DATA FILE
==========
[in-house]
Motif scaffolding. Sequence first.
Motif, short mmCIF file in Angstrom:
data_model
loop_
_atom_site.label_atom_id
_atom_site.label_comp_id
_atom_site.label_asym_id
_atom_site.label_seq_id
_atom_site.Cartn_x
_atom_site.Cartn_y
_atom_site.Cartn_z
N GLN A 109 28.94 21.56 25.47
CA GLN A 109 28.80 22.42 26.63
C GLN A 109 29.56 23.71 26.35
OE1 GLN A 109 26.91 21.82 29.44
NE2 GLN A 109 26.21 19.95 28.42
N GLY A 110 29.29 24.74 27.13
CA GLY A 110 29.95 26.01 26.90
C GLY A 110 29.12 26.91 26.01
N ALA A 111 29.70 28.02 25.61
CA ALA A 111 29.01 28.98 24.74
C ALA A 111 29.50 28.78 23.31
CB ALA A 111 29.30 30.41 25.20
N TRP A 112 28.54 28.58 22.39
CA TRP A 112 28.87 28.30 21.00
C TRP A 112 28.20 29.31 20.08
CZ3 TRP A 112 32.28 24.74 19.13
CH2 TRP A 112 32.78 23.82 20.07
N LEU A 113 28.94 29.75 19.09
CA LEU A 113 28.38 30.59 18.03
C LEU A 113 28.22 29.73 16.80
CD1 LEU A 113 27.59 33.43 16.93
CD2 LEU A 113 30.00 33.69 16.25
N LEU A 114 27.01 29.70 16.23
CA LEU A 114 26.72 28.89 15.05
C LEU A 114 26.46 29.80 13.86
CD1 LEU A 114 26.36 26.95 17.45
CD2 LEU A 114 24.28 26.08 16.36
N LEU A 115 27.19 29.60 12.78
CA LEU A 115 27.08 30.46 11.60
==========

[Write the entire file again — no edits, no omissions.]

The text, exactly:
[in-house]
Motif scaffolding. Sequence first.
Motif, short mmCIF file in Angstrom:
data_model
loop_
_atom_site.label_atom_id
_atom_site.label_comp_id
_atom_site.label_asym_id
_atom_site.label_seq_id
_atom_site.Cartn_x
_atom_site.Cartn_y
_atom_site.Cartn_z
N GLN A 109 28.94 21.56 25.47
CA GLN A 109 28.80 22.42 26.63
C GLN A 109 29.56 23.71 26.35
OE1 GLN A 109 26.91 21.82 29.44
NE2 GLN A 109 26.21 19.95 28.42
N GLY A 110 29.29 24.74 27.13
CA GLY A 110 29.95 26.01 26.90
C GLY A 110 29.12 26.91 26.01
N ALA A 111 29.70 28.02 25.61
CA ALA A 111 29.01 28.98 24.74
C ALA A 111 29.50 28.78 23.31
CB ALA A 111 29.30 30.41 25.20
N TRP A 112 28.54 28.58 22.39
CA TRP A 112 28.87 28.30 21.00
C TRP A 112 28.20 29.31 20.08
CZ3 TRP A 112 32.28 24.74 19.13
CH2 TRP A 112 32.78 23.82 20.07
N LEU A 113 28.94 29.75 19.09
CA LEU A 113 28.38 30.59 18.03
C LEU A 113 28.22 29.73 16.80
CD1 LEU A 113 27.59 33.43 16.93
CD2 LEU A 113 30.00 33.69 16.25
N LEU A 114 27.01 29.70 16.23
CA LEU A 114 26.72 28.89 15.05
C LEU A 114 26.46 29.80 13.86
CD1 LEU A 114 26.36 26.95 17.45
CD2 LEU A 114 24.28 26.08 16.36
N LEU A 115 27.19 29.60 12.78
CA LEU A 115 27.08 30.46 11.60